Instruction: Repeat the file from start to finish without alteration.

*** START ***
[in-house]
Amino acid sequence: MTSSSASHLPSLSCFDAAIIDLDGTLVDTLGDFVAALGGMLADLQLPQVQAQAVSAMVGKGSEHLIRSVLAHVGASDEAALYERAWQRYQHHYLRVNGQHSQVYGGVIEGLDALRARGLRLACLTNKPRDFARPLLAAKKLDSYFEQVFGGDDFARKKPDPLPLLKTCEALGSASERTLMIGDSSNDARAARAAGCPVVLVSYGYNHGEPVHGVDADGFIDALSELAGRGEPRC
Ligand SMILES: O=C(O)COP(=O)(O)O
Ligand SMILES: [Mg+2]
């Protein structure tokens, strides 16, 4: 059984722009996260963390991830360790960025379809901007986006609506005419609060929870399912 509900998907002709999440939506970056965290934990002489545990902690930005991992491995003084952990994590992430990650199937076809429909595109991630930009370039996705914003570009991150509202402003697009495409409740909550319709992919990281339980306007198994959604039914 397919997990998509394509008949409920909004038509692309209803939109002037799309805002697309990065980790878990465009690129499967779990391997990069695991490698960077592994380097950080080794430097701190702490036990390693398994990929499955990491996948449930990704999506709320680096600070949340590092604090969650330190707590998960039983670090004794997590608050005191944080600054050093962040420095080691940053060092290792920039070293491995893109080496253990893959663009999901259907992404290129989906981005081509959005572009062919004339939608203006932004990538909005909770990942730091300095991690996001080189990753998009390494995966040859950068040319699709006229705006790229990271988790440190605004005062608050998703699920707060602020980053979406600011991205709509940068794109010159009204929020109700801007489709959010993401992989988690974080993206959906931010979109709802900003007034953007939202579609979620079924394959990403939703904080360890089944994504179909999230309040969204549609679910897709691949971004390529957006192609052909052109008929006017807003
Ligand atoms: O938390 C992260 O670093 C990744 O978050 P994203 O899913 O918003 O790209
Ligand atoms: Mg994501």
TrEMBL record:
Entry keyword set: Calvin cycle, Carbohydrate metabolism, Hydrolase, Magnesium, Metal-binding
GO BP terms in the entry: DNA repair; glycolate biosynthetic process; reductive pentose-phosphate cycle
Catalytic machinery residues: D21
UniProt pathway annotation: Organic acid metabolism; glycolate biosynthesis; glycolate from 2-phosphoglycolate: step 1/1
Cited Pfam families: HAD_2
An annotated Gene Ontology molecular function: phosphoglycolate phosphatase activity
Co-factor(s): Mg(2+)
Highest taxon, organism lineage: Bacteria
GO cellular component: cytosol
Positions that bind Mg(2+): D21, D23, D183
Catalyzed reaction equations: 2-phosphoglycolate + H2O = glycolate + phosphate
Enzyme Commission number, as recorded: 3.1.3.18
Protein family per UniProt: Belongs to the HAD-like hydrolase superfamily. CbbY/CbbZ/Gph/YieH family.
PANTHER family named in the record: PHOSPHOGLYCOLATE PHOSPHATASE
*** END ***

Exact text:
[in-house]
Amino acid sequence: MTSSSASHLPSLSCFDAAIIDLDGTLVDTLGDFVAALGGMLADLQLPQVQAQAVSAMVGKGSEHLIRSVLAHVGASDEAALYERAWQRYQHHYLRVNGQHSQVYGGVIEGLDALRARGLRLACLTNKPRDFARPLLAAKKLDSYFEQVFGGDDFARKKPDPLPLLKTCEALGSASERTLMIGDSSNDARAARAAGCPVVLVSYGYNHGEPVHGVDADGFIDALSELAGRGEPRC
Ligand SMILES: O=C(O)COP(=O)(O)O
Ligand SMILES: [Mg+2]
């Protein structure tokens, strides 16, 4: 059984722009996260963390991830360790960025379809901007986006609506005419609060929870399912 509900998907002709999440939506970056965290934990002489545990902690930005991992491995003084952990994590992430990650199937076809429909595109991630930009370039996705914003570009991150509202402003697009495409409740909550319709992919990281339980306007198994959604039914 397919997990998509394509008949409920909004038509692309209803939109002037799309805002697309990065980790878990465009690129499967779990391997990069695991490698960077592994380097950080080794430097701190702490036990390693398994990929499955990491996948449930990704999506709320680096600070949340590092604090969650330190707590998960039983670090004794997590608050005191944080600054050093962040420095080691940053060092290792920039070293491995893109080496253990893959663009999901259907992404290129989906981005081509959005572009062919004339939608203006932004990538909005909770990942730091300095991690996001080189990753998009390494995966040859950068040319699709006229705006790229990271988790440190605004005062608050998703699920707060602020980053979406600011991205709509940068794109010159009204929020109700801007489709959010993401992989988690974080993206959906931010979109709802900003007034953007939202579609979620079924394959990403939703904080360890089944994504179909999230309040969204549609679910897709691949971004390529957006192609052909052109008929006017807003
Ligand atoms: O938390 C992260 O670093 C990744 O978050 P994203 O899913 O918003 O790209
Ligand atoms: Mg994501």
TrEMBL record:
Entry keyword set: Calvin cycle, Carbohydrate metabolism, Hydrolase, Magnesium, Metal-binding
GO BP terms in the entry: DNA repair; glycolate biosynthetic process; reductive pentose-phosphate cycle
Catalytic machinery residues: D21
UniProt pathway annotation: Organic acid metabolism; glycolate biosynthesis; glycolate from 2-phosphoglycolate: step 1/1
Cited Pfam families: HAD_2
An annotated Gene Ontology molecular function: phosphoglycolate phosphatase activity
Co-factor(s): Mg(2+)
Highest taxon, organism lineage: Bacteria
GO cellular component: cytosol
Positions that bind Mg(2+): D21, D23, D183
Catalyzed reaction equations: 2-phosphoglycolate + H2O = glycolate + phosphate
Enzyme Commission number, as recorded: 3.1.3.18
Protein family per UniProt: Belongs to the HAD-like hydrolase superfamily. CbbY/CbbZ/Gph/YieH family.
PANTHER family named in the record: PHOSPHOGLYCOLATE PHOSPHATASE